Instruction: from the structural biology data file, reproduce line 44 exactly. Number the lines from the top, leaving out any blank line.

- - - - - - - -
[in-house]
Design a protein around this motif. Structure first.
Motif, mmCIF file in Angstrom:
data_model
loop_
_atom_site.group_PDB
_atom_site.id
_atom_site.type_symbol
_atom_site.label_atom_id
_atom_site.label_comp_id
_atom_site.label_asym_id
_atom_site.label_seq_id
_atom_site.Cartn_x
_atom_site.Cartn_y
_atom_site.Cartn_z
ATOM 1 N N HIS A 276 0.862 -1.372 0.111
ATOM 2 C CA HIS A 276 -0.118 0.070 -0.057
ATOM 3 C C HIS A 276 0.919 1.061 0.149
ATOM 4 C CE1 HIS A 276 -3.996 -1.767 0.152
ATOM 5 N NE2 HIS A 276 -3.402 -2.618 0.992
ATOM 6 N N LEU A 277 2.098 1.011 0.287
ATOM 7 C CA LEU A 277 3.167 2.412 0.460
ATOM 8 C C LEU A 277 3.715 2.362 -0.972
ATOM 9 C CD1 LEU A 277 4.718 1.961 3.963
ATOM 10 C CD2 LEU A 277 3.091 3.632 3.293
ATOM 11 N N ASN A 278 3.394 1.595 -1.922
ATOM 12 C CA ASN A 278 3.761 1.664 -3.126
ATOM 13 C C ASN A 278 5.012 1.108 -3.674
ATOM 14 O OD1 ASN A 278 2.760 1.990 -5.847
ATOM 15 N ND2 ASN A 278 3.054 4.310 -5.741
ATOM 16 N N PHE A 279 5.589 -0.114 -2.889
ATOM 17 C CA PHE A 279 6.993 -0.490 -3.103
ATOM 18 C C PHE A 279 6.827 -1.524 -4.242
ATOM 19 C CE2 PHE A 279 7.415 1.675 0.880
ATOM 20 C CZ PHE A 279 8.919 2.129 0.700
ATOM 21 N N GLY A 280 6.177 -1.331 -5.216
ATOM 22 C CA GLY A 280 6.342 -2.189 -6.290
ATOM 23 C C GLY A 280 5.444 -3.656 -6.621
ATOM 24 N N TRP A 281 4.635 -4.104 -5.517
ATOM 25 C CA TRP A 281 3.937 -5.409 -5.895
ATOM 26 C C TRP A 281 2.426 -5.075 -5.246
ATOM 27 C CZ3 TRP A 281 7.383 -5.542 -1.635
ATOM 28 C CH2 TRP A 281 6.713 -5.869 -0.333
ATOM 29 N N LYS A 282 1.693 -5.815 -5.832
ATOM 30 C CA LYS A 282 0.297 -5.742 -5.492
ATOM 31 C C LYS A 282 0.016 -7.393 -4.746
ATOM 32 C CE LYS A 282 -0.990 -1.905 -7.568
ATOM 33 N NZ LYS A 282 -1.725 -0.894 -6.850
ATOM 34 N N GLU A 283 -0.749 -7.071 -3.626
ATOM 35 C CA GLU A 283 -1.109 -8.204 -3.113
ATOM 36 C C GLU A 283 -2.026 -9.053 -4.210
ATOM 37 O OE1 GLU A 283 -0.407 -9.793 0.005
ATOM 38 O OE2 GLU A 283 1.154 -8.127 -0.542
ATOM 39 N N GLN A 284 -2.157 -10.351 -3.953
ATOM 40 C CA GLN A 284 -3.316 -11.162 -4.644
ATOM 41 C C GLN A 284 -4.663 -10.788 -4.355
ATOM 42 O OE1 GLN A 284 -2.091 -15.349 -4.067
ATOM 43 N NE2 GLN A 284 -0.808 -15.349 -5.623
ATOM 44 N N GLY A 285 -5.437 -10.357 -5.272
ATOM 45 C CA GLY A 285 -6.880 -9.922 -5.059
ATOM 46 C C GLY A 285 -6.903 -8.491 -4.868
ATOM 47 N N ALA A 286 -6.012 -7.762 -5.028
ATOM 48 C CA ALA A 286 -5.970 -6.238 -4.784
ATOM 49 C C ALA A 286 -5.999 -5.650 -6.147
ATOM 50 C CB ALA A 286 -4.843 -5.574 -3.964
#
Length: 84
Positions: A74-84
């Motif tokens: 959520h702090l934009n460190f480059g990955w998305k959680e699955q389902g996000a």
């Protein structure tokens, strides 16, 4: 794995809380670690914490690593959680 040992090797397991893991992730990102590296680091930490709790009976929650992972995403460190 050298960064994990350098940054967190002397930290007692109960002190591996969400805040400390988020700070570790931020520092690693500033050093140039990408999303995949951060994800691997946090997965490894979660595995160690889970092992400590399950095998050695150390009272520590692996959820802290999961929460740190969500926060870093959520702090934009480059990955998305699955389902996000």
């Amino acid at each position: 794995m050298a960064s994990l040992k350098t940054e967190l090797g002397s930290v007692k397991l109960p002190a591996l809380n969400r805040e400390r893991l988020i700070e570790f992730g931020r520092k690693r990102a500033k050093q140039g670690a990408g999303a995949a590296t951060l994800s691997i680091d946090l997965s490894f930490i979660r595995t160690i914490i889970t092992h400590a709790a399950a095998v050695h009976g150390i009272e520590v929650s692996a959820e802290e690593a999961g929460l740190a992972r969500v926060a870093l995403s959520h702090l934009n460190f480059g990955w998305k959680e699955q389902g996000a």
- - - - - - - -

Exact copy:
ATOM 29 N N LYS A 282 1.693 -5.815 -5.832